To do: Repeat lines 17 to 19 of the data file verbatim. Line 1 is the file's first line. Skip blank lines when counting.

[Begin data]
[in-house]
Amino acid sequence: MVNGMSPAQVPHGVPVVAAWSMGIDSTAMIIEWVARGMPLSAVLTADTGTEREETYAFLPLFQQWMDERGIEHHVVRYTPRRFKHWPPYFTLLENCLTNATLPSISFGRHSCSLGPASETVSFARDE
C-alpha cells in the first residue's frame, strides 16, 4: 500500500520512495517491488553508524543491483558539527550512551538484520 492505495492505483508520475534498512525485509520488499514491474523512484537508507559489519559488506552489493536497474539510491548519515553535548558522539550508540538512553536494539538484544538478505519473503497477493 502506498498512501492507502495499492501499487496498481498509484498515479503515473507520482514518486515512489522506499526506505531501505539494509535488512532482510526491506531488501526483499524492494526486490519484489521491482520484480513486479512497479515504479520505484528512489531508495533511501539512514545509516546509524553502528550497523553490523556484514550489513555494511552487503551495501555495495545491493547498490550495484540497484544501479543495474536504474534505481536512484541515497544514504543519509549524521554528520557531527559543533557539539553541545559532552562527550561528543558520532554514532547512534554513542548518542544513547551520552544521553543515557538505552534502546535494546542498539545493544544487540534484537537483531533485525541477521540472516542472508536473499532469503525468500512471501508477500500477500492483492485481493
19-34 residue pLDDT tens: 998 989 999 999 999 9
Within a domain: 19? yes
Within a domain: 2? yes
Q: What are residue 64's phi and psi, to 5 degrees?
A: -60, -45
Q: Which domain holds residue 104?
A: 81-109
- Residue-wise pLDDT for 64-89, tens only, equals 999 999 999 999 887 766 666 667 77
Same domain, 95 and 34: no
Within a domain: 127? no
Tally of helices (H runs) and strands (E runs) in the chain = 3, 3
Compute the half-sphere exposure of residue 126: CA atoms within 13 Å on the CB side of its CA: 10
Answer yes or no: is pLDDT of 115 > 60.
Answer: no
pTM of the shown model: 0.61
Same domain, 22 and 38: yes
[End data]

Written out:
Answer: no
pTM of the shown model: 0.61
Same domain, 22 and 38: yes